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You can set a list of directories for vim to use for the swapfile (with it defaulting to the first one it can find) with:

set directory=~/tmp,~/var/tmp,/var/tmp,/tmp

I want to know which directory vim has chosen for its swapfile so I can stick some temp data in there.

Parsing &directory and looping through the values seems like a waste when vim should have already figured that out.

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up vote 3 down vote accepted

The :swapname command will tell you which swapfile is used for the current buffer. You need to use :redir => varname to capture the output and store it in a variable.

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That was the best I had come up with as well. and it will (of course) fail if noswapfile so parsing &directory is going to be better. – Tyler Jun 3 '13 at 0:06
It then says No swap file, you can check for 'noswapfile' before, anyway, so I don't see how parsing 'directory' is better. Especially because the swap extension is not necessarily .swp; it could also be .swo, etc. – Ingo Karkat Jun 3 '13 at 6:19

I think the "used" directory is not saved somewhere by vim, like a variable or something. It could be different from buffer to buffer. (from file to file).


you have a non-root user. say kent, his directory setting is:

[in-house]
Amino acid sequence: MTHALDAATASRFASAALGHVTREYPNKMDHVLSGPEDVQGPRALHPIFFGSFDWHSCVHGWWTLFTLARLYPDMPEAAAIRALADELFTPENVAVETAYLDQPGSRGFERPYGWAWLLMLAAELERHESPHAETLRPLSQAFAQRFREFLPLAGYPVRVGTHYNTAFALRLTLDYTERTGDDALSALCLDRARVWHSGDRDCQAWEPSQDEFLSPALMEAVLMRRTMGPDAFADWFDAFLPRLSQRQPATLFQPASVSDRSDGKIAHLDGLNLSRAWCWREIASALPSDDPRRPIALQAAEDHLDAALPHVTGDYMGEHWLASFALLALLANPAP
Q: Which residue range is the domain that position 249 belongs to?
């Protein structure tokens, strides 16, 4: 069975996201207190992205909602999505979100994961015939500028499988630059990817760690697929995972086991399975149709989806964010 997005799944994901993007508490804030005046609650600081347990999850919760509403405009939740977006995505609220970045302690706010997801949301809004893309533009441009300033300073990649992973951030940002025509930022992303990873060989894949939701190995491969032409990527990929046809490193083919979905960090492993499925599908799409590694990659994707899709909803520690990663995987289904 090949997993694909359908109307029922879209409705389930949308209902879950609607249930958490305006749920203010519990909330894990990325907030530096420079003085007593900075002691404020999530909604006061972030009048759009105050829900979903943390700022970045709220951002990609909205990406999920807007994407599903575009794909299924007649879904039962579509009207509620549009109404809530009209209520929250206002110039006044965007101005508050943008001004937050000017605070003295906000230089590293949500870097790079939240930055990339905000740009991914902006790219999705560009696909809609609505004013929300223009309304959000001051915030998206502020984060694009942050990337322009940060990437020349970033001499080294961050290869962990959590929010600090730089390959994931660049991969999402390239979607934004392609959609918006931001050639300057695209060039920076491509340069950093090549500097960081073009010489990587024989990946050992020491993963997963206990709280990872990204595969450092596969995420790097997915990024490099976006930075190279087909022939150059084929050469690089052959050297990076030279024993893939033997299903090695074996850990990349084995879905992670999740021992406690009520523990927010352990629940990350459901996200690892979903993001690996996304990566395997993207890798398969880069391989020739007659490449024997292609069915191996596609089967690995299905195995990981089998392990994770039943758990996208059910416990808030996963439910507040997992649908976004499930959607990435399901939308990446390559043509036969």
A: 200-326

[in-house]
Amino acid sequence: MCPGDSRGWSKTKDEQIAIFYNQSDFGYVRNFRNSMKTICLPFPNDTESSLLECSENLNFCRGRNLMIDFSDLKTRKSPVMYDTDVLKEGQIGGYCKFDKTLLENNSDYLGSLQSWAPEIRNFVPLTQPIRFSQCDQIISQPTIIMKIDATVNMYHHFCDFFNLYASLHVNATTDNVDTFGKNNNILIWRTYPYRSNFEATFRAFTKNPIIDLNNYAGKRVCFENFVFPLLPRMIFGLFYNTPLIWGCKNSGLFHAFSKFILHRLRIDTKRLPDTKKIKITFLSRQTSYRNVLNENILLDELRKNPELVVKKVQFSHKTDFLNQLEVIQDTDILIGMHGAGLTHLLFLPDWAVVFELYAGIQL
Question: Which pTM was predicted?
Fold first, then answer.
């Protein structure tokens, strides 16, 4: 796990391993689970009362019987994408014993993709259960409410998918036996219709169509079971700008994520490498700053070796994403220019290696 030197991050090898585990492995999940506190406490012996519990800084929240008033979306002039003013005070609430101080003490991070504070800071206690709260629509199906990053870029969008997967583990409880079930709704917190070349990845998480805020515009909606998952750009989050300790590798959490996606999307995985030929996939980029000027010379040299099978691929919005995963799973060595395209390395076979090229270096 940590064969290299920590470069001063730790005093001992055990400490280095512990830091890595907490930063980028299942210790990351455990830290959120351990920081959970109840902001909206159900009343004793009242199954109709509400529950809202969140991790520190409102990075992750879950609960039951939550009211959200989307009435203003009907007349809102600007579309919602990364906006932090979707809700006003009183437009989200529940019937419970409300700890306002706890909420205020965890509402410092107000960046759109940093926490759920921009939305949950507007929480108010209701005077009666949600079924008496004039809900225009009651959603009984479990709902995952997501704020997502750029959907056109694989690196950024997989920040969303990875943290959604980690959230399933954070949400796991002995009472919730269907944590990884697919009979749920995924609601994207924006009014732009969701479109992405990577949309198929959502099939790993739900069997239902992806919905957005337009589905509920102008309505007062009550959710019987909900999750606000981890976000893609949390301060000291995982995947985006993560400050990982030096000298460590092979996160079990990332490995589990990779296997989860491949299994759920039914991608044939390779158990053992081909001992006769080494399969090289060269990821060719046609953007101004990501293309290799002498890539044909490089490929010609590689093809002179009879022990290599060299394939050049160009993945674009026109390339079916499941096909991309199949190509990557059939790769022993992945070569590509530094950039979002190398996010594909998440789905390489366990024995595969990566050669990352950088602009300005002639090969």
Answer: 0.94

set directory=.,~/tmp,/var/tmp,/tmp

now kent opens /etc/host.conf in his vim, and editing. the first .(dot) means current dir. obviously kent cannot write file to /etc, so take the 2nd ~/tmp, but kent doesn't have tmp under his home, so next, /var/tmp is used.

if kent opens a file under his HOME, or under /tmp, for example, the .(dot) would be used. And note that the dot for different files are different.

kent can open many files in buffers, so it is hard to say, which dir would be used for swap files.

so the swapfile - dir is not fixed to a directory. you should check it based on the buffer/file.

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This is probably the case, but obviously the swapname is a per-buffer value, so it seems like swapdir (or something) should also be available. having to either parse swapname or &directory seems silly. – Tyler Jun 3 '13 at 0:03

If you do this often, I suggest to write a function:

function! SwapDirectoryForCurrentFile()
    redir => filename
    silent! swapname
    redir end
    return fnamemodify(filename, ":h")
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